Down To Business: SCO Affair: Time To Take Stock (And A Few Shots)
Almost five years, tens of millions of dollars, and several lawsuits have produced what? A few measly lessons.
There's not a lot positive to say about the 4-1/2-year-old legal saga that's been SCO Group vs. most of the computing world. The various principals have diverted tens of millions of dollars into proceedings that don't serve customers a lick, unless you want to argue that clearing Linux's good name is itself a noble effort worth that expense.
Following the Aug. 10 ruling by a federal court judge gutting most of SCO's two main lawsuits--against Linux champions Novell and, it would seem, IBM--it's time to take stock of what we've learned from this sordid affair, and hopefully start putting it behind us.
The U.S. legal system can work, even when it comes to discerning complicated subjects like software intellectual property rights. Sure, tech-patent trollers like Forgent Networks, MercExchange, and NTP have garnered their share of court decisions, but over the long haul, IP opportunism isn't much of a business model. Which leads us to lesson No. 2 ...
One of the surest ways to kill a prominent tech company is to risk everything on a potential legal windfall to the neglect of your core business. SCO could have had a bright--or at least brighter--future developing UnixWare and OpenServer, and perhaps turning some of those customers onto Linux. Instead, SCO bet the ranch on wringing license fees from Linux customers (which allegedly are running morsels of its Unix code) and collecting on its billion-dollar-plus lawsuits against IBM and Novell.
Today, SCO is back to calling itself a technology company rather than an IP defender, emphasizing its Mobile Server middleware in addition to its Unix products. But the damage is done. Having given short shrift to its Unix base and having alienated the powerful Linux community, it's plodding along.
SCO's fiscal first-half revenue of just $12 million was down 17% from the year-earlier half and down a whopping 66% from the $34.9 million the company reported for the first half of fiscal 2003, when it launched the IBM suit. As for profitability, SCO's net loss narrowed considerably in the first half of this fiscal year, to $2.2 million, but mainly because it's spending less on lawyers these days. (In the first half of 2003, by comparison, it posted net income of $3.8 million.)
SCO's cash reserves are under further strain following the federal court judge's ruling that the company owes Novell at least some of the money it has collected from its Sun and Microsoft licensing deals. And a week after the judge's ruling, SCO's stock is a candidate (again) for delisting, as the share price has plunged well below Nasdaq's $1 threshold. Rest in peace.
To paraphrase the Irish beat cop played by Sean Connery in The Untouchables, don't bring a knife to a gunfight. SCO, despite getting some green from Microsoft, Sun, and others, never had the financial wherewithal to outlast industry titans IBM and Novell in court, and to take on the Linux faithful in the court of public opinion.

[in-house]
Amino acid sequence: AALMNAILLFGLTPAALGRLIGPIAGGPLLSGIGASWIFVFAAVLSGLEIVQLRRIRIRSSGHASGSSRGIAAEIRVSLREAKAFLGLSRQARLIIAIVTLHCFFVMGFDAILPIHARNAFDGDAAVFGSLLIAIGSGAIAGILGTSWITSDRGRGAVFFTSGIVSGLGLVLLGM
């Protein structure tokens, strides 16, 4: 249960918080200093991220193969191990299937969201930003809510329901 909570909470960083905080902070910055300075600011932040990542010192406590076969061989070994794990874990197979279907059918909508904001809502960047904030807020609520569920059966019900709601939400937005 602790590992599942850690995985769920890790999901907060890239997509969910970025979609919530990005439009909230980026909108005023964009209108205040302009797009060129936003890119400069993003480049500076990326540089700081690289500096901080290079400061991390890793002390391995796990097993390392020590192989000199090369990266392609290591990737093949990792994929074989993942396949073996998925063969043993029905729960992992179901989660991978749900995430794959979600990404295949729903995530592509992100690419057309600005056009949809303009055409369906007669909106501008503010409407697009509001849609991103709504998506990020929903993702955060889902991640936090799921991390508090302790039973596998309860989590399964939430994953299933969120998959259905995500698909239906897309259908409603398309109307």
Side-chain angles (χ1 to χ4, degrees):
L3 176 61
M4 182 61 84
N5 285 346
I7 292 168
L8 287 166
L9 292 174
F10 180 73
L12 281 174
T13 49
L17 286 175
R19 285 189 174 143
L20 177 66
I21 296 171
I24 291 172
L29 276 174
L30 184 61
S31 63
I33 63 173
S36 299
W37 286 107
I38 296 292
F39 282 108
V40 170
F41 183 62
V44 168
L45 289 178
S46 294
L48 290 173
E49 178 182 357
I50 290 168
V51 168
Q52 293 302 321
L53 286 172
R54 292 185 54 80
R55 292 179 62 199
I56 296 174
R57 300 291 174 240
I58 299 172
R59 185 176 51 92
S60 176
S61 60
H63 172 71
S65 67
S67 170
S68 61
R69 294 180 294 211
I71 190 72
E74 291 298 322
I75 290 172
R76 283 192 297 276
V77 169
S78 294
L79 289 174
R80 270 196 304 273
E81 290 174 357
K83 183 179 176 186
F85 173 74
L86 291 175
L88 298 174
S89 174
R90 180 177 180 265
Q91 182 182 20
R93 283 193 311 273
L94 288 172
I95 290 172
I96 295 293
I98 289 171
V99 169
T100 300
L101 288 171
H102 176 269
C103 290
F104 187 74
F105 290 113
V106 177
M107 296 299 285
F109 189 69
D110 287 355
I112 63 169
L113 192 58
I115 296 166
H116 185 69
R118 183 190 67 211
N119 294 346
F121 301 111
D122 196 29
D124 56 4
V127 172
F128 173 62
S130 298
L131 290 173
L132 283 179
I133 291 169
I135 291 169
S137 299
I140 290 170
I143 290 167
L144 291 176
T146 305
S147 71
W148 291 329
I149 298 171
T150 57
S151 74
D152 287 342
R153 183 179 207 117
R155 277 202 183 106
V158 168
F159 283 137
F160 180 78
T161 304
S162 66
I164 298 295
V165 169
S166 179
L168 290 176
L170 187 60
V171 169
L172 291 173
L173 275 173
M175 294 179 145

When wielding knives, better to go after your enemies than your friends. It was strange enough that SCO turned on IBM, one of its biggest customers: IBM's AIX, under license from SCO, is one of the top-selling Unix variants, and IBM supplies many of the servers that run SCO Unix. But SCO also bushwhacked its main growth opportunity: customers migrating from Unix to Linux.
Although court rulings can bring some clarity, such complex legal affairs tend to grind on. SCO, while expressing disappointment with the judge's decision in the Novell case, says it will press on, noting that the judge didn't dismiss all of the company's claims. As for SCO's suit against IBM, the same judge has asked the two companies to provide the court with an update by the end of this month on how they think the Novell decision affects their case. Only SCO chief Darl McBride would have the cojones to continue harassing IBM for violating rights that his company doesn't own, but that case is pretty much done regardless.
The Business of Going DigitalDigital business isn't about changing code; it's about changing what legacy sales, distribution, customer service, and product groups do in the new digital age. It's about bringing big data analytics, mobile, social, marketing automation, cloud computing, and the app economy together to launch new products and services. We're seeing new titles in this digital revolution, new responsibilities, new business models, and major shifts in technology spending.
Join InformationWeek’s Lorna Garey and Mike Healey, president of Yeoman Technology Group, an engineering and research firm focused on maximizing technology investments, to discuss the right way to go digital.